Increase in reports of anti-social behaviour on Metro train network prompts new crackdown
A rise in reports of anti-social behaviour on the Metro rail network has prompted a new crackdown.
Named Operation Hermes – after the Greek God of travel – the two-day initiative sees Northumbria Police join colleagues from Metro operator Nexus, local councils, Tyne and Wear Fire and Rescue Service and British Transport Police to target troublemakers and help ensure commuters feel safe.
The increased activity, which has started ahead of the bank holiday weekend, will include uniformed officers visiting stations and plain-clothed officers travelling on trains.
There will also be targeted search operations.
Chief Inspector Ron Charlton, who is leading the operation, said: “In the past month, officers have noticed an increase in reports of anti-social behaviour on the Metro services and at stations.
“A considerable proportion of these reports are linked to groups of young people congregating in and around stations or travelling on the system and acting in an unacceptable way.
“Anti-social behaviour will not be tolerated and we will take action against anyone who is intent on causing disruption.
“We want to assure passengers that police and partners are committed to making sure they can enjoy a safe and trouble-free journey, whether they’re daily commuters, occasional travellers or tourists.”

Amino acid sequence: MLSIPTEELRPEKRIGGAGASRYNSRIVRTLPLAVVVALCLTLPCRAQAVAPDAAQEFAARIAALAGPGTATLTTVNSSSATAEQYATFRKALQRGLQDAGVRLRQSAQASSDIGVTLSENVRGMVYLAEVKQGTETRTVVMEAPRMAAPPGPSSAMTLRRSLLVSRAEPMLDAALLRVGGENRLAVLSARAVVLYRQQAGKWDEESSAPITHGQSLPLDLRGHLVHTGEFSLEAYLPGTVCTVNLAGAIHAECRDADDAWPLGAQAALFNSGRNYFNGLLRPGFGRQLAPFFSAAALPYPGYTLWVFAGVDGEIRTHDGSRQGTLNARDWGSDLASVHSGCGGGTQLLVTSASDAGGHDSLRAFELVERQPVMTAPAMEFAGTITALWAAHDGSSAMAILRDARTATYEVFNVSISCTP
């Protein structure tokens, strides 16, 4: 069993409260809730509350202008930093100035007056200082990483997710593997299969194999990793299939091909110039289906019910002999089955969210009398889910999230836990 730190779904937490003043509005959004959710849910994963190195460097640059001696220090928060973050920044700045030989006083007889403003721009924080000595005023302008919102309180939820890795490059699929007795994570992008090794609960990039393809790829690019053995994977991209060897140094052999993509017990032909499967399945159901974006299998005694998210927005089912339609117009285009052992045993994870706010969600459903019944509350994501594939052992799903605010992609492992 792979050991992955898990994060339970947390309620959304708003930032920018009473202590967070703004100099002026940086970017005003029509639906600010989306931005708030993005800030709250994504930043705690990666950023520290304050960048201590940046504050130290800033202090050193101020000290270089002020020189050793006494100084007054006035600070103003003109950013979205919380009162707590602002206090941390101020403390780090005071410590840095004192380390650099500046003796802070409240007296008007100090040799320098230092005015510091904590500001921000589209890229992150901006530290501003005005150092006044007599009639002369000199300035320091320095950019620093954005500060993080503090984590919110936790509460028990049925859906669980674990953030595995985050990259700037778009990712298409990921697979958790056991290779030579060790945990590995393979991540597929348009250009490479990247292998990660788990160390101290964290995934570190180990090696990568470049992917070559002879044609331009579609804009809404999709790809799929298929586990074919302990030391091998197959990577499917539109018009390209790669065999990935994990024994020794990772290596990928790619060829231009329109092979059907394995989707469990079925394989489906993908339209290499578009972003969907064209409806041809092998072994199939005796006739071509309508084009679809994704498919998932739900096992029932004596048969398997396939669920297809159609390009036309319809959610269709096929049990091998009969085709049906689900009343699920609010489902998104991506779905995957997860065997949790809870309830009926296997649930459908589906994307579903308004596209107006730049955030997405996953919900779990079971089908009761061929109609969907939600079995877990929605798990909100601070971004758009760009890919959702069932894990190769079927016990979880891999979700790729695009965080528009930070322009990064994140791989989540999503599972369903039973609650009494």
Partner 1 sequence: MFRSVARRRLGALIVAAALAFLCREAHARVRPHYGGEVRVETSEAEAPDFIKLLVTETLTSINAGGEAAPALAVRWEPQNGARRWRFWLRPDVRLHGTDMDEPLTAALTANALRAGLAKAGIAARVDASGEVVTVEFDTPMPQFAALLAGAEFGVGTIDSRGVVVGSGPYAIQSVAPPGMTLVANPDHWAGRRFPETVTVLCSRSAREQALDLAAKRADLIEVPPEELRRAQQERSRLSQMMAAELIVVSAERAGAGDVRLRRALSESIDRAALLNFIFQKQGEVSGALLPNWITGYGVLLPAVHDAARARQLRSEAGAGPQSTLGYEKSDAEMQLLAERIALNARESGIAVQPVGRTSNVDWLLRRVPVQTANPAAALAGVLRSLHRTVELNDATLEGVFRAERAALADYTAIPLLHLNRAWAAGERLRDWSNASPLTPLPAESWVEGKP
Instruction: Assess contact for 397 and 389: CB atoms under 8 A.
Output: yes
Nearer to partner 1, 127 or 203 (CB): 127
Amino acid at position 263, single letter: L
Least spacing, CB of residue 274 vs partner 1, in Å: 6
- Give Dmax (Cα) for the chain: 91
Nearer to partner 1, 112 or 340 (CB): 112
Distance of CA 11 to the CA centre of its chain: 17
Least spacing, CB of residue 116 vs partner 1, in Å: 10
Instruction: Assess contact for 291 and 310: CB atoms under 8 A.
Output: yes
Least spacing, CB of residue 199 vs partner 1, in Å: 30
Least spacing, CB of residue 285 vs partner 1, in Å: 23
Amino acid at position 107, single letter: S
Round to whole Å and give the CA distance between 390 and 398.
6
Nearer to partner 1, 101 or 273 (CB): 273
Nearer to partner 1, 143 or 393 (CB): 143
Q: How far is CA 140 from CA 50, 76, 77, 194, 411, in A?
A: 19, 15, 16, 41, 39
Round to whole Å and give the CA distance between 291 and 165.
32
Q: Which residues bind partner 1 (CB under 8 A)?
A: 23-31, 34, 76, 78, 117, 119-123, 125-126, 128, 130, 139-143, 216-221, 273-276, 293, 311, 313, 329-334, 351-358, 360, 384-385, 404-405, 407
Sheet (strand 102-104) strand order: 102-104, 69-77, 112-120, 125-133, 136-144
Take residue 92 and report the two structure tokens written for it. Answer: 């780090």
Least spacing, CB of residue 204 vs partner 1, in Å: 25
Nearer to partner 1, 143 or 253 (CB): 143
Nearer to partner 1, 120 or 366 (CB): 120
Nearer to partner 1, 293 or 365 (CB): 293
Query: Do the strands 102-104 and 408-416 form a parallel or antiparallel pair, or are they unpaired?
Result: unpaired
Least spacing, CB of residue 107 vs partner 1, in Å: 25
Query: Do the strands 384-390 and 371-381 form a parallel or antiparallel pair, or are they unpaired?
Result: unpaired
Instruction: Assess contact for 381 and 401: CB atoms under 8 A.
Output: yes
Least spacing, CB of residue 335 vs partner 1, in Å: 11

Northumbria Police and Crime Commissioner Kim McGuinness added: “We’re in a situation where anti-social behaviour is on the up, so we are quickly ensuring the policing response is on the up too, which I hope will reassure those who use the service and understandably have concerns.
“This operation is about a lot more than enforcement though, it’s about engaging with young people, particularly the bigger groups choosing to hang out at our stations and causing trouble.
“This can be intimidating and off-putting for other travellers and we all want to put a stop to it.
Nexus customer services director Huw Lewis welcomed the partnership operation and said: “Overall crime on Metro remains low but we are working hard to tackle low-level issues of bad behaviour and fare evasion which often drifts on to the system in suburban areas.
“Anyone who gets caught causing trouble on Metro faces arrest and prosecution through the courts and a possible ban from travelling.”